“No more biscuits and gravy. No more tochis and nay-nays. Take me down to that little white church,” Little Big Town’s Karen Fairchild sings in that abraded-sphincter white gospel style that seems to be quite popular wherever corn dogs are sold. “No more beej’s on Mondays. No more freebie vajayjay. Take me down to that little white church.” Yep, you know, the house of worship where the guys in the white Spy vs. Spy suits roast the big cross on Friday nights and stuff. Mm-hmm, sanger’s been livin’ in thayut see-in, and Reverend Virgil-Bob Sneedleroy’s gonna make an honest woman out of her, thus ending the poontang parade for yet one more relationship, ’cause you know that married people ain’t gonna be gettin’ any, or at least the doing of the deed falls of precipitously after that visit to the little white church. Ah, this song must be good country music, because it sure makes me want to drink powerful liquor, and I don’t do that anymore.
The other tune wedged in my craw opens with a Jim Beam-hangover headache of an oop ba-doop ba-doop guitar line and proceeds to delineate a reasonably unenthusiastic life. Nope, sometimes I don’t feel like doing much work, either, and if I drank beer, well, maybe that’s what I’d feel like doing, too. That said, this song doesn’t quite ring true, and its lyrics cynically try to connect with Mr. Regular Joe: Hell yee-haw, ahm purty good at drankin’ beers, too, and I wish I could do thayut an’ get paid f’r thayut kinda gig.
Too bad songwriter Troy Jones then namechecks a cerveza by brand that completely shitcans his credibility. I mean, Bud Light? Oh, man. C’mon, lads, that swill ain’t even dog piss; it’s chihuahua piddle, and it ain’t even ‘Murkan; parent company A-B InBev is headquartered in Belgium and Brazil, to which the Frank Booth character in Blue Velvet would have six little words: “Fuck that shit! Pabst Blue Ribbon!” That’s the trouble with these Nashville songwriters like Jones, who penned this butt nugget for Billy Currington: They sit around in their Nashville backyards staring into their navels or thinking too much about what musically ultraconservative programmers like whoever it is at KNCI who green-lights this stuff — “Ooh! Sounds like warmed-over Skynyrd mixed with old F-150 ad jingles? Yep, that’s country” — and they’ve lost touch with the zeitgeist. I mean, Bud Light.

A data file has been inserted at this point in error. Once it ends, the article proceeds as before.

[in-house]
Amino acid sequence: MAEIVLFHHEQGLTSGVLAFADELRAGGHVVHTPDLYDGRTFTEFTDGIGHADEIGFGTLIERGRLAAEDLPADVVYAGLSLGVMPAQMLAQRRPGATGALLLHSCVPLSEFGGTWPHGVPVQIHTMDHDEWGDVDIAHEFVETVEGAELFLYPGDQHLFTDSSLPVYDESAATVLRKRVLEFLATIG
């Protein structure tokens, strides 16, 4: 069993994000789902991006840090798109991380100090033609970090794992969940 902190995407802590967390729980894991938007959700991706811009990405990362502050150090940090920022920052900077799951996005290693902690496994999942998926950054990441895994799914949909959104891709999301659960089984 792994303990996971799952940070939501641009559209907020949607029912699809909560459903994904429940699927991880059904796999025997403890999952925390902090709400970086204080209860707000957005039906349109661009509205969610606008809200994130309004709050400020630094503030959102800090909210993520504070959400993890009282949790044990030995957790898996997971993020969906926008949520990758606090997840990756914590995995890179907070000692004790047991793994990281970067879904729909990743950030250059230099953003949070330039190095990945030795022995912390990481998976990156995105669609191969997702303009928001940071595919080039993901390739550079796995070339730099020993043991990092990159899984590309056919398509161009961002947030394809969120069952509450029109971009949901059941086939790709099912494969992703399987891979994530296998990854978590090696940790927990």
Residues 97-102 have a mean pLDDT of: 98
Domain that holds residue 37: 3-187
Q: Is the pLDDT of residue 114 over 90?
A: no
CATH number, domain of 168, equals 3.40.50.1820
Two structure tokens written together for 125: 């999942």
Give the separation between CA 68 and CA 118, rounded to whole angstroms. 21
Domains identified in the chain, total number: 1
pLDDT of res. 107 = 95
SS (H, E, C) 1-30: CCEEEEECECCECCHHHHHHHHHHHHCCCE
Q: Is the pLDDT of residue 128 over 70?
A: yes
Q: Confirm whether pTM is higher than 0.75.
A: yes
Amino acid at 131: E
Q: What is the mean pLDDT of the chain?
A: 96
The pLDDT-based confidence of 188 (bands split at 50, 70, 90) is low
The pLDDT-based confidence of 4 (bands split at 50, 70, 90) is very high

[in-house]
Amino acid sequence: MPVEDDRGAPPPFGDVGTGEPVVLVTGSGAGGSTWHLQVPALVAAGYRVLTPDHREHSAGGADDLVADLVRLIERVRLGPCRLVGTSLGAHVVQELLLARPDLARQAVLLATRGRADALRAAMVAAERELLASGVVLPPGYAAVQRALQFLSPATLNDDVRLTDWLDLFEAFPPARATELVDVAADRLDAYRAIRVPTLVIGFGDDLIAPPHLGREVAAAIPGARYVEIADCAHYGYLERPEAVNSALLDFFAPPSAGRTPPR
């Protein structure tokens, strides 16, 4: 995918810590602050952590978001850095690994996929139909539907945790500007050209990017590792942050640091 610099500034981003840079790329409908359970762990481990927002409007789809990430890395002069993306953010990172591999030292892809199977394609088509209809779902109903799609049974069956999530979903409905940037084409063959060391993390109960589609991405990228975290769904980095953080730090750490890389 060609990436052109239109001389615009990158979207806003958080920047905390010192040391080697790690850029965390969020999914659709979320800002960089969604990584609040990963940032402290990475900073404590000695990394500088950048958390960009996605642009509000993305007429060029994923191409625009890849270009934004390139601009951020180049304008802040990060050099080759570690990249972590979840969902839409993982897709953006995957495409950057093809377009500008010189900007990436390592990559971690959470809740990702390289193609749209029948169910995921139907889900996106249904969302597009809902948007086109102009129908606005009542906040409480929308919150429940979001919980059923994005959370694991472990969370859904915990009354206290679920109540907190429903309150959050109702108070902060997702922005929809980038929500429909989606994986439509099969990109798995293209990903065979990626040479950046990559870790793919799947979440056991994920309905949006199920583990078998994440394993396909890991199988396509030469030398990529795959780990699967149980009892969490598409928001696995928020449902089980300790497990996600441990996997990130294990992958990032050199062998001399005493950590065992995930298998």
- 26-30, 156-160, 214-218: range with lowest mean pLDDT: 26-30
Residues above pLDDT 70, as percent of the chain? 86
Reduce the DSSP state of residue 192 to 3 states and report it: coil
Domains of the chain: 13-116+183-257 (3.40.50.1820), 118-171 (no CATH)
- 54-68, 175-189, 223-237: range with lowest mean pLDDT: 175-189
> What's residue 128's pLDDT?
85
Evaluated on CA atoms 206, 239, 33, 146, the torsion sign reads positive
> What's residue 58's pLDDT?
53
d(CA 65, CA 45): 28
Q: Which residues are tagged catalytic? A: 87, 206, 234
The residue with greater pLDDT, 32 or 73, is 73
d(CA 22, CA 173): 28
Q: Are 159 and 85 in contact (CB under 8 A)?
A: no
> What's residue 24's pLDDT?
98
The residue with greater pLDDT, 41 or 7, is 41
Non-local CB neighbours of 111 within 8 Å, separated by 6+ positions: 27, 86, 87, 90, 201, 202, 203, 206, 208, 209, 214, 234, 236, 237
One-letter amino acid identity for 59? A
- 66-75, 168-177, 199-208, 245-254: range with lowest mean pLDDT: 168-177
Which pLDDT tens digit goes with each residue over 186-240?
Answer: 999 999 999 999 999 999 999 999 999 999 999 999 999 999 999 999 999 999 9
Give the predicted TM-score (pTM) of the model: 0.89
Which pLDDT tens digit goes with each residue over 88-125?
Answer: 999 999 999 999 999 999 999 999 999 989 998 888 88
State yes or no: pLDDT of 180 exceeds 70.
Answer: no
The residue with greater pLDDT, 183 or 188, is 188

I’ve heard that Currington cut for like every hour of the work week for months now. Talk about your tired. But at least it’s catchy; far worse is a Carrie Underwood track whose chorus sounds like some “nyah nyah na na nyah” playground taunt, which worked in 1982 when the Waitresses did it (r.i.p., Patty Donahue) but blows now to such a degree that I have to leave the room whenever it comes on. I mean, Simon Cowell should have nothing to do with anything related to music, much less country music. Pure vomit. Same goes for another song by some guy I won’t even bother to look up. Um, if you’re gonna sing “na-na-na-na-na” in your chorus, just do the world a favor and stick to covering other less-lazy writers’ tunes instead. Please spare us the misery of your lazy songwriting.
I don’t want to bag too much on this. It’s country-flavored product, what Velveeta is to real cheese. Lots of people like Velveeta. And I wouldn’t even bother to listen if I wasn’t a captive audience, and even then I’m not vehemently objecting (unless that execrable Carrie Underwood comes on, at which point I usually make like Paul Desmond and take five), because it’s just wallpaper. And corporations serve up poop all the time and call it food, like marketing “smooth jazz” as jazz or “active rock” as rock or Fox News as news. As long as there are bucks to be churned and chickens to be plucked, someone’s gonna do it.